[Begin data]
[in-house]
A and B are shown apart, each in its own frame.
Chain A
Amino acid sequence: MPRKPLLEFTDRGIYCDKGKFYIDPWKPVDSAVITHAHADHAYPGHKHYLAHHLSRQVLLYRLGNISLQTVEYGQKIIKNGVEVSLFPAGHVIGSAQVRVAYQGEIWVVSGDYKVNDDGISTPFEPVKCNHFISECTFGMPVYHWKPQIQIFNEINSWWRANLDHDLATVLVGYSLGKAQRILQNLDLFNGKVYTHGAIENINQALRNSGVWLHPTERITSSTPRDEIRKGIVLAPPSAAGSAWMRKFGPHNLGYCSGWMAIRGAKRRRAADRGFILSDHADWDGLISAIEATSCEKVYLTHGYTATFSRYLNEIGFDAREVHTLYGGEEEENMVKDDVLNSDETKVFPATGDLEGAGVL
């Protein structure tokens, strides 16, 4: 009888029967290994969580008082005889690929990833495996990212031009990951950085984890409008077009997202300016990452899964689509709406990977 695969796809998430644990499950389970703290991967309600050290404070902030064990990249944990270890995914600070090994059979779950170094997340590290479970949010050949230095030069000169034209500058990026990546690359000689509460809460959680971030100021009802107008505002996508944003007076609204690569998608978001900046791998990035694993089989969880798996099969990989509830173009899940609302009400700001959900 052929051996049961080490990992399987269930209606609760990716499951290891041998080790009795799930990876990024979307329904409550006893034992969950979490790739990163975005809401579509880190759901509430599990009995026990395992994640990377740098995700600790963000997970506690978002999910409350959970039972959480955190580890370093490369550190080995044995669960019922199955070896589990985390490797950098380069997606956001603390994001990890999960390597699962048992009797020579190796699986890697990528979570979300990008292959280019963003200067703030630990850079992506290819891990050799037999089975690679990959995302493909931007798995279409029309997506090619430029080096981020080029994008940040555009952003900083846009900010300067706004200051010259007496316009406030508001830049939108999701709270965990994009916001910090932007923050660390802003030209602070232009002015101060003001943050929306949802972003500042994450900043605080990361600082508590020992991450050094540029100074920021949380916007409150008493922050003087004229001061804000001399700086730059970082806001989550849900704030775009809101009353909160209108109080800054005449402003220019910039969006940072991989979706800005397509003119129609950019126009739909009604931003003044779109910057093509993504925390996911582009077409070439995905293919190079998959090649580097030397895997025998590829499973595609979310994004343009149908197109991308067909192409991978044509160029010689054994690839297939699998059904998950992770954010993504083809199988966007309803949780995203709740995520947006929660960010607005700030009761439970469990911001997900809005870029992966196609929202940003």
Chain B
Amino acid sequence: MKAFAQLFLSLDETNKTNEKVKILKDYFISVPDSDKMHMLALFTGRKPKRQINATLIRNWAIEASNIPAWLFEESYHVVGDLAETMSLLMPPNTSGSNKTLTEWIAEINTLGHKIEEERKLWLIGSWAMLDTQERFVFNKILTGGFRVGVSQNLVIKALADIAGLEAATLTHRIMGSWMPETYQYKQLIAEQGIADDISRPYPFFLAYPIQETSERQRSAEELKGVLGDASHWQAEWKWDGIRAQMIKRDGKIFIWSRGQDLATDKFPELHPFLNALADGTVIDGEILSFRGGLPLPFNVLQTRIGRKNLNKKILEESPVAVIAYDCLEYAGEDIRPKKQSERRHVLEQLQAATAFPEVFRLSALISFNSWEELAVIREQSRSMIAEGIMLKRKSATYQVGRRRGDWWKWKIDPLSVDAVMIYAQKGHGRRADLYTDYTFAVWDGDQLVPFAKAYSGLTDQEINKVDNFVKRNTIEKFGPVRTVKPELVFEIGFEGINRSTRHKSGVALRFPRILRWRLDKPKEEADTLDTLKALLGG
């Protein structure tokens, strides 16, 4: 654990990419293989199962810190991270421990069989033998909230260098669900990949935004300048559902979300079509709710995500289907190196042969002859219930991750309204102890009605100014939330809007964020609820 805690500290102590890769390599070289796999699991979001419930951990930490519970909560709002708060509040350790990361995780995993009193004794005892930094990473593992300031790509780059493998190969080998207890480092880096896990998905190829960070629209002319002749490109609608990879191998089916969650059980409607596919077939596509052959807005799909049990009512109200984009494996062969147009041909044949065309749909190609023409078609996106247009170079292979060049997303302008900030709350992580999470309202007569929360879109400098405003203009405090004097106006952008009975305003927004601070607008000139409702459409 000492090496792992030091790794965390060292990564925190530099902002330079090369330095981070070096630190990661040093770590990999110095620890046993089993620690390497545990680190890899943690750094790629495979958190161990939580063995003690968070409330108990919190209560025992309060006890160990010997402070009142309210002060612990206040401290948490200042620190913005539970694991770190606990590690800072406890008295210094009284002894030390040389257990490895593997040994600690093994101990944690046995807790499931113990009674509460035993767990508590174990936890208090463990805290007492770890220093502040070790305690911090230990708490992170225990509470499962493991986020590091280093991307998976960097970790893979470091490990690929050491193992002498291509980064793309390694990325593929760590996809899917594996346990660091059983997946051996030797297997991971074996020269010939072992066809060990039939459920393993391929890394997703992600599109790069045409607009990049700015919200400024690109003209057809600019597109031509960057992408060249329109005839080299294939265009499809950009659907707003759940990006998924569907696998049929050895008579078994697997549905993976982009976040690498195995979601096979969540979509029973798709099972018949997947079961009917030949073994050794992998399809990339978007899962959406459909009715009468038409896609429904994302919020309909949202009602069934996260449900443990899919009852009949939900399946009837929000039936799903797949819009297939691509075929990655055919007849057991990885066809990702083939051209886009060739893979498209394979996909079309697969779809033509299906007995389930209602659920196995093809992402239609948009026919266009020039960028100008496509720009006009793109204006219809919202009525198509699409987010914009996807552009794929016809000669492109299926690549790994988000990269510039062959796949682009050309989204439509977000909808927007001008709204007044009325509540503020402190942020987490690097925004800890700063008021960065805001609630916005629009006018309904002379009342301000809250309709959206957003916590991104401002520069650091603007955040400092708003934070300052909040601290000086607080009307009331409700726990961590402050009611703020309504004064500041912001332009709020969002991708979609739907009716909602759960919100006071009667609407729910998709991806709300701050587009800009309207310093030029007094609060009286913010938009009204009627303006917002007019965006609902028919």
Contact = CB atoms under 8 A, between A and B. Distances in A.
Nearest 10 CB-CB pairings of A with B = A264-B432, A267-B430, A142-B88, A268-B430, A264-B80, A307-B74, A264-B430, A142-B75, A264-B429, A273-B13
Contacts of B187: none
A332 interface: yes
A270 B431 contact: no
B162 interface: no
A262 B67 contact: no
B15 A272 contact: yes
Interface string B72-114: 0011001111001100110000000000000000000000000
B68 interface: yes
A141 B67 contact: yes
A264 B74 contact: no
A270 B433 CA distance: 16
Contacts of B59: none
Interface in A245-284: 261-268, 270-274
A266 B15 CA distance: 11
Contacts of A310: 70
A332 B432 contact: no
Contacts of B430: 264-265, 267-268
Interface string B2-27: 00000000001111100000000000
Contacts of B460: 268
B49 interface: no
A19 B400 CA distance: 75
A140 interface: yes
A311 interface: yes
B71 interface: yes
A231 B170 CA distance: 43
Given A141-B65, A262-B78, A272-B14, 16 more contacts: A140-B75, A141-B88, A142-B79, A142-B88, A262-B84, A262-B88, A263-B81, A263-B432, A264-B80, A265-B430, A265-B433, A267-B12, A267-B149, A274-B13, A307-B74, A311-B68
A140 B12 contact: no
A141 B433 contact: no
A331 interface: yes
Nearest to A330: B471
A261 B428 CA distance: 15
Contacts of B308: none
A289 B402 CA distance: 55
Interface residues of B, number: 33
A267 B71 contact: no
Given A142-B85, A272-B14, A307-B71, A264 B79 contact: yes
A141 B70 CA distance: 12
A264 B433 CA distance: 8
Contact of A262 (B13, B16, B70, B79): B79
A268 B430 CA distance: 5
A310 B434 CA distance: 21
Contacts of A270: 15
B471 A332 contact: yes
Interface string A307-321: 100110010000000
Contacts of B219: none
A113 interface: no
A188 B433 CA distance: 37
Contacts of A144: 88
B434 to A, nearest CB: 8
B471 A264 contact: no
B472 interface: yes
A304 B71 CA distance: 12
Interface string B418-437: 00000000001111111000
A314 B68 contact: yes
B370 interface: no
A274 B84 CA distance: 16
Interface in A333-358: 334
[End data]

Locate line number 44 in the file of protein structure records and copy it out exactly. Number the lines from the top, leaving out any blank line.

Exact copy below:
Interface residues of B, number: 33